My third concern relates to the provisions in the Bill permitting the Assembly to subsidise air transport services and facilities, which have been discussed at length this afternoon. I want to add my voice to those in
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support of expanded air capacity in Wales. Over the past 20 years, air traffic in the UK has trebled and for the next 20 or 30 years it is forecast to grow by 4 to 5 per cent. each year. That will benefit the major international airports in London, Manchester and the big cities, but the outlook for smaller regional airports is also positive. There is no reason why Wales cannot also benefit.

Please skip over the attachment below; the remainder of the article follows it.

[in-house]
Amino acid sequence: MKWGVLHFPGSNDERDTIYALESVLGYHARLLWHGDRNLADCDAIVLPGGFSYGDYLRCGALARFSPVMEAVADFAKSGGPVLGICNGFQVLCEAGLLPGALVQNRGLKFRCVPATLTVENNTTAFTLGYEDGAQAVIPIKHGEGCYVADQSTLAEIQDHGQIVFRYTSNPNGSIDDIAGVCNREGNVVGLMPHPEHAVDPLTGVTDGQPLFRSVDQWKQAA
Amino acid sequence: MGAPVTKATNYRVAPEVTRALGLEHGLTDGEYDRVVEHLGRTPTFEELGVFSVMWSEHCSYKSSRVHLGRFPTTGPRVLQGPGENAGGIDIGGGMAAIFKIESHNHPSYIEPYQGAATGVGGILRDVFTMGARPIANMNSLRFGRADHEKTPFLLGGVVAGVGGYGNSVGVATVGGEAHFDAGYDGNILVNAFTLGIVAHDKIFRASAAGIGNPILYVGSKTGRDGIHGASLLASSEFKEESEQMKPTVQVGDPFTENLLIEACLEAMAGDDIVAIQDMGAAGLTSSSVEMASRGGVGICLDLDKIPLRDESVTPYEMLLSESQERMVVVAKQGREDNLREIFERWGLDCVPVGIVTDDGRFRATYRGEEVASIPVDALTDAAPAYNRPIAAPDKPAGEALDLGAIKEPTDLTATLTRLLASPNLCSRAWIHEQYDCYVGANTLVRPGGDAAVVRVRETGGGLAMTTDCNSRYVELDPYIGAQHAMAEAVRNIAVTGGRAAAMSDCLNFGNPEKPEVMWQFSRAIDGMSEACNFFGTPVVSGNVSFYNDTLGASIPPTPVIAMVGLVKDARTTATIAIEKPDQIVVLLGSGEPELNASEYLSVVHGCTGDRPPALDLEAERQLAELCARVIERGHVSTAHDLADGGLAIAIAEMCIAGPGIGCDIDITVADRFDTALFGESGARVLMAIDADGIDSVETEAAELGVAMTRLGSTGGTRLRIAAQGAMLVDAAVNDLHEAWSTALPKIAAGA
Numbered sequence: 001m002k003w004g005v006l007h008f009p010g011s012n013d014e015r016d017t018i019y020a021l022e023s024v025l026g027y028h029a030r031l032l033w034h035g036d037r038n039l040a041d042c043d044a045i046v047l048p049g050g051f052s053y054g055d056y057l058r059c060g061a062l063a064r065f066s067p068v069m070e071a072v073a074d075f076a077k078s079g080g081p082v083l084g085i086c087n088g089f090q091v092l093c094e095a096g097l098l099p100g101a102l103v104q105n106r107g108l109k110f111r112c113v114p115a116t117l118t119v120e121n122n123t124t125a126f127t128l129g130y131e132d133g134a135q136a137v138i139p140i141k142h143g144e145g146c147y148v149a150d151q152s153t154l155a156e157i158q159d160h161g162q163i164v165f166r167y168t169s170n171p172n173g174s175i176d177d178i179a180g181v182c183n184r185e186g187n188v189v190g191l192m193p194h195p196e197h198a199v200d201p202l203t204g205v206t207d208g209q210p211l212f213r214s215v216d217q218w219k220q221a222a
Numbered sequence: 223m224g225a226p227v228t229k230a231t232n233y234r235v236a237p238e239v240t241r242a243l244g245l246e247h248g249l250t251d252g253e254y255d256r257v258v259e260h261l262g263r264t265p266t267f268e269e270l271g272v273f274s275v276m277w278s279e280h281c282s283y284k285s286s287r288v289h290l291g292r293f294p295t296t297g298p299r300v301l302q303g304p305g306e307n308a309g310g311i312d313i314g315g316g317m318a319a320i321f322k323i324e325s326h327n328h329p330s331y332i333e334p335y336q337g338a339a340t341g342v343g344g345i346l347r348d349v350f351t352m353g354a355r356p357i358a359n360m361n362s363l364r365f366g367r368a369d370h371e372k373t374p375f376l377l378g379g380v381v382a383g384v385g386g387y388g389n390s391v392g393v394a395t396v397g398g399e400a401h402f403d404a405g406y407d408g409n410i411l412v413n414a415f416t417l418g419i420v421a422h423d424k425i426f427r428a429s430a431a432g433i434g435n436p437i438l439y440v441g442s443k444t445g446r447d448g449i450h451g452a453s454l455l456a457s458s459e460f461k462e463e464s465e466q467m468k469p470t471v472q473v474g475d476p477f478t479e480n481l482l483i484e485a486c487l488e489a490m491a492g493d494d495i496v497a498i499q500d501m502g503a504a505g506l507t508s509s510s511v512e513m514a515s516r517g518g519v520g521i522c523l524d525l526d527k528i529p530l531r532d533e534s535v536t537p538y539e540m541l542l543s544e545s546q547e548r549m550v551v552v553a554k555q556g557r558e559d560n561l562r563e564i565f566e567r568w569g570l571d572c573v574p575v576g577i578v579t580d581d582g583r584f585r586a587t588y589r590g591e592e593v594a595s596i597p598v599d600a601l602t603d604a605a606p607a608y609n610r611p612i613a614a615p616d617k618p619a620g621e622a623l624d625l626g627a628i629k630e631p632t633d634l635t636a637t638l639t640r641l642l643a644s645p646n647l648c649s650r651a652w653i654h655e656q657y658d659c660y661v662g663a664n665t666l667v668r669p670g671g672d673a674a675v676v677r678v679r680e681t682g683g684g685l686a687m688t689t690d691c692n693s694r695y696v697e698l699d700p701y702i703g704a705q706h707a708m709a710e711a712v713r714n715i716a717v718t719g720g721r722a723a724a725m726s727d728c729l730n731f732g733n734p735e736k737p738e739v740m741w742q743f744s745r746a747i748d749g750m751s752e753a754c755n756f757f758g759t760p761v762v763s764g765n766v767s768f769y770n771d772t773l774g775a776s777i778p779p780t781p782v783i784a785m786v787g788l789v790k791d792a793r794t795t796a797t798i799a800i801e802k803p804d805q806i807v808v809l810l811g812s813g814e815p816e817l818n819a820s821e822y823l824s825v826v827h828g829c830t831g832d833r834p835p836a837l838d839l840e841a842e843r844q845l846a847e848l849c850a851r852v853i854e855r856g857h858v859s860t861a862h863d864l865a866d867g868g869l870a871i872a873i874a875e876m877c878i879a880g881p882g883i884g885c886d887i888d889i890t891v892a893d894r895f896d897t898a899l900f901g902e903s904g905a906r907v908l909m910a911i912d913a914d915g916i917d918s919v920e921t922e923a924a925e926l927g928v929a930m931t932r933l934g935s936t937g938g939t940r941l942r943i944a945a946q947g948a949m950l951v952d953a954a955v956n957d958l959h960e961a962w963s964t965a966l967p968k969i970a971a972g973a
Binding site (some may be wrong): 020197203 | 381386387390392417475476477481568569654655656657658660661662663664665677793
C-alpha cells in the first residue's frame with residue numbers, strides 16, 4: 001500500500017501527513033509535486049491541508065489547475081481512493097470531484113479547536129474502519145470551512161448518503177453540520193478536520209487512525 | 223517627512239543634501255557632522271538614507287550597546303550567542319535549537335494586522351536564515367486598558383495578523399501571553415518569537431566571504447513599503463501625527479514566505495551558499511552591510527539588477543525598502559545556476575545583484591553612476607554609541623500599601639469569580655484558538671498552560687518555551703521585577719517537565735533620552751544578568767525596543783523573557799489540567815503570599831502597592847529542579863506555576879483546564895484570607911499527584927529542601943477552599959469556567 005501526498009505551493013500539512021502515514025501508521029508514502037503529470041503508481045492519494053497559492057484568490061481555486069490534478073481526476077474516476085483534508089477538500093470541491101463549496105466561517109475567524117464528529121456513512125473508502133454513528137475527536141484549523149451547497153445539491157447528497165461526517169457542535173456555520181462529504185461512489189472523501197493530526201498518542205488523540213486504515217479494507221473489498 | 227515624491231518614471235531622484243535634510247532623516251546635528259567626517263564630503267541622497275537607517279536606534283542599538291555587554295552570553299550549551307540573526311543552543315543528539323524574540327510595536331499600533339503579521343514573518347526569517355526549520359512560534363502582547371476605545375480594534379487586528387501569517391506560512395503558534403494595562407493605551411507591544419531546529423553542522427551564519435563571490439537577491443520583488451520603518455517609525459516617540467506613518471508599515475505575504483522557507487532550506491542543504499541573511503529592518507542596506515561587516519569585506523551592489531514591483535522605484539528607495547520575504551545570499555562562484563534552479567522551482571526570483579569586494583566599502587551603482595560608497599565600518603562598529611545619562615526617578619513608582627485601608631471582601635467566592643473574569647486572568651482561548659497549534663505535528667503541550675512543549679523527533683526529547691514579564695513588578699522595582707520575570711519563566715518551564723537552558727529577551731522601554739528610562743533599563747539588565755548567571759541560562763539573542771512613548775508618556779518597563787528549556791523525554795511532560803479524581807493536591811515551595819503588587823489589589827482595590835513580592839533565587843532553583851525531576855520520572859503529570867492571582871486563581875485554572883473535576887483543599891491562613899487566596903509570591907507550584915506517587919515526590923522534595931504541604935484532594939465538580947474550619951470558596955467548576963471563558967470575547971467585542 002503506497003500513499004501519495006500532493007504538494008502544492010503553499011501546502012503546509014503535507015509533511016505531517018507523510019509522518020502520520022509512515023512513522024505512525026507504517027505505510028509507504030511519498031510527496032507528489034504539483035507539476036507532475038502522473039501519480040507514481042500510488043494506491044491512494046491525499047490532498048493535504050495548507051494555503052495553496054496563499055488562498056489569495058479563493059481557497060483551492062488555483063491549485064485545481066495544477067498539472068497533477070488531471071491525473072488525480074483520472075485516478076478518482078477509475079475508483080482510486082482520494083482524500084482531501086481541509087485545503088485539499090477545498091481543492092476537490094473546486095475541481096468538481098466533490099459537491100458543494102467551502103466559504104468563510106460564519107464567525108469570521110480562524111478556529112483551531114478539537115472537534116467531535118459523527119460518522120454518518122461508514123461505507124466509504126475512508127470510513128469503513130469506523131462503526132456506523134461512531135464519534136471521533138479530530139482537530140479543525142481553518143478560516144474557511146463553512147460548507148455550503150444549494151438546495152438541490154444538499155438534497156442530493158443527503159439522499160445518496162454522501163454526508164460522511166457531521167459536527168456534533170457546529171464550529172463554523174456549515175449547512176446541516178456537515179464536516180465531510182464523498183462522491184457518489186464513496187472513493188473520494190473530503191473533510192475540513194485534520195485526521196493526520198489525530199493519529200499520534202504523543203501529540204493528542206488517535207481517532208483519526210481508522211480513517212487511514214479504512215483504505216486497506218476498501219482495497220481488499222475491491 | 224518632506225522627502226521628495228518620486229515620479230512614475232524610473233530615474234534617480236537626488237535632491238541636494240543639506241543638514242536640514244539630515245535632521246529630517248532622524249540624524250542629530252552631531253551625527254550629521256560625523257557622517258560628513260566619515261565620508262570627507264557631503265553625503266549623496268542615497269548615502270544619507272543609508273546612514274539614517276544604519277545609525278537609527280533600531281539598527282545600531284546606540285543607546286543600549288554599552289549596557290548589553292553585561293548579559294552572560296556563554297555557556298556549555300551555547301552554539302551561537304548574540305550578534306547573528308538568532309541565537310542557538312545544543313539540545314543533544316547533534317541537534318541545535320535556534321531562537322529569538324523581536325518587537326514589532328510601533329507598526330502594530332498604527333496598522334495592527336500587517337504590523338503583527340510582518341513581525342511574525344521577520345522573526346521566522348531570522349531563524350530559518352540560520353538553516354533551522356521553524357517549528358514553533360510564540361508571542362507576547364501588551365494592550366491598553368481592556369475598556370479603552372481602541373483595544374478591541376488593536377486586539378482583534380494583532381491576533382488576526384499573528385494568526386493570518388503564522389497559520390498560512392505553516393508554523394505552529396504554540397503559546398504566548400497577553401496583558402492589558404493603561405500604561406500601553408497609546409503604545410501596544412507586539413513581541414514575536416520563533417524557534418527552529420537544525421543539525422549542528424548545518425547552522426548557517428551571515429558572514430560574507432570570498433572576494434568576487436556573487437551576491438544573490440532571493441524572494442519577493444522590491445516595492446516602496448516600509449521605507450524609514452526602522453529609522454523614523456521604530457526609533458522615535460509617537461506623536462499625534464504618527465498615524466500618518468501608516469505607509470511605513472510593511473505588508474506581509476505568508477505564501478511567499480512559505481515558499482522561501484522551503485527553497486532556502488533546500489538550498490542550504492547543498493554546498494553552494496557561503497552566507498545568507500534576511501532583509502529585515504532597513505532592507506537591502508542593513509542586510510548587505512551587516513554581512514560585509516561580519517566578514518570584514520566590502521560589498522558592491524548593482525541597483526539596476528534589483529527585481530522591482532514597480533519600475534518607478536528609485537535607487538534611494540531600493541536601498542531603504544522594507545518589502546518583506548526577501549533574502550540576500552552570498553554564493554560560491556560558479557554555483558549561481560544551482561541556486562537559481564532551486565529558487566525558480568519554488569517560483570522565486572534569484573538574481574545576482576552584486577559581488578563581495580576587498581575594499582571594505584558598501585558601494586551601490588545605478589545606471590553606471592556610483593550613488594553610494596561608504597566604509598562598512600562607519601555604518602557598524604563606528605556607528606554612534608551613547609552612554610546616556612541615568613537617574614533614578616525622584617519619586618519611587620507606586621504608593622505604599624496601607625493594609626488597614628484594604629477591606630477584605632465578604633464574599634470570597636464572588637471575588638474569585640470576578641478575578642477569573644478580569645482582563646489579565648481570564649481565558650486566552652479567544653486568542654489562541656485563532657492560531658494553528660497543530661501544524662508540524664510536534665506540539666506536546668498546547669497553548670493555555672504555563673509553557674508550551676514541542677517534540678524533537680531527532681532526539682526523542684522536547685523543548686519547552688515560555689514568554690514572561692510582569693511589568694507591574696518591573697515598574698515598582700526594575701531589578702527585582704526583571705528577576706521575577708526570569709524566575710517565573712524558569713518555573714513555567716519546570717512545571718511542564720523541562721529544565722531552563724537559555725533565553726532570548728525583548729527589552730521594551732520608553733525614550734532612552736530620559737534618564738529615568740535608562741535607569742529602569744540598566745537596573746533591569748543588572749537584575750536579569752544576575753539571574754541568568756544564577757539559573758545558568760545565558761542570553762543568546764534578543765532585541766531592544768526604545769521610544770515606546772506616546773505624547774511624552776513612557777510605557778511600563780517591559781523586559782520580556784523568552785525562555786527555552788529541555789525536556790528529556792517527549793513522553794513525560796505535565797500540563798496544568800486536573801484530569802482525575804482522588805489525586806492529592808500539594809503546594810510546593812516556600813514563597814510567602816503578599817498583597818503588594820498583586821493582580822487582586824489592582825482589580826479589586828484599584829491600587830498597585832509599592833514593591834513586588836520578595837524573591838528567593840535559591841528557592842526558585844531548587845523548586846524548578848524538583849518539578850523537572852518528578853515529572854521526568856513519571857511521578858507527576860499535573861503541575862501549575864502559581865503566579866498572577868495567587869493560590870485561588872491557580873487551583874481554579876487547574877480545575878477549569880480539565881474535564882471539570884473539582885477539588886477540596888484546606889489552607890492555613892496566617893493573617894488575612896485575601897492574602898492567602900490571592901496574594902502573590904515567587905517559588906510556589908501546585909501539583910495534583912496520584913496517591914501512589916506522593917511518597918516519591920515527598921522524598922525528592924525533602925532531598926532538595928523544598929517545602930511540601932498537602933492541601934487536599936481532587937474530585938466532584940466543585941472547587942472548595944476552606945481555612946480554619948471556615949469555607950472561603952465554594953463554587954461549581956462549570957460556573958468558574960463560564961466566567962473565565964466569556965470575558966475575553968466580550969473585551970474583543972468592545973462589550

I listened to the arguments made by the hon. Member for Ynys Môn (Albert Owen), which were not without merit. I would have been happier had he supplemented his more visionary arguments with some hard data and statistics about the viability of an intra-Wales air transport network. New routes and services within and from Wales must only be carried forward on the basis of sound commercial principles. The key to successful local airports is the ability to identify and exploit specialised niche markets. That is a risky business and one better left to entrepreneurs, rather than to the taxpayer operating through politicians. The history of state aid to air services throughout the world is littered with examples of subsidies being driven by politicians' vanity, misplaced nationalism and economic irrationalism. For those reasons, I am wary of giving the Assembly powers to subsidise air services.